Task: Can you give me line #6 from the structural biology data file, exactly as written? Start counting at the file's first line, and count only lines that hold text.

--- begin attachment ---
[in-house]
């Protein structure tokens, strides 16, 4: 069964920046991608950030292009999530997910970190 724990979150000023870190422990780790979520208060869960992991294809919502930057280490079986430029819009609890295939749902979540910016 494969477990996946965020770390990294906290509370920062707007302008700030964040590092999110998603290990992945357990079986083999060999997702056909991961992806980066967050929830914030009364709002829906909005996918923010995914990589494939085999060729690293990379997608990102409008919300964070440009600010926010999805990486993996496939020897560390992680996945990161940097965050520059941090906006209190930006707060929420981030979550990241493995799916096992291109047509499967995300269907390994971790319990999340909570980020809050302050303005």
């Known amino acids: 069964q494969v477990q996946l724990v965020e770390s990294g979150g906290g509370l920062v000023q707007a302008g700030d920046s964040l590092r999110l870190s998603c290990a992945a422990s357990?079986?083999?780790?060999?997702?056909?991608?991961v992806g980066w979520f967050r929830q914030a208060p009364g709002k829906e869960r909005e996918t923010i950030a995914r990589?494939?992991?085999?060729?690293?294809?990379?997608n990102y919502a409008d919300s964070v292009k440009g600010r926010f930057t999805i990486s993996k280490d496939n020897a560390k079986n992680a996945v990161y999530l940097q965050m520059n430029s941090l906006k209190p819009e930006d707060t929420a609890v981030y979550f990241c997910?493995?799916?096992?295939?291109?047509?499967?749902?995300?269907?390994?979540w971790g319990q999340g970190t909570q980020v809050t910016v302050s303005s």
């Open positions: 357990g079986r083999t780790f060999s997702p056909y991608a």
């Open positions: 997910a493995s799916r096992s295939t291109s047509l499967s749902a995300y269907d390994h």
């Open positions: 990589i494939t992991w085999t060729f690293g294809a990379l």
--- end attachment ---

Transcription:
């Open positions: 990589i494939t992991w085999t060729f690293g294809a990379l």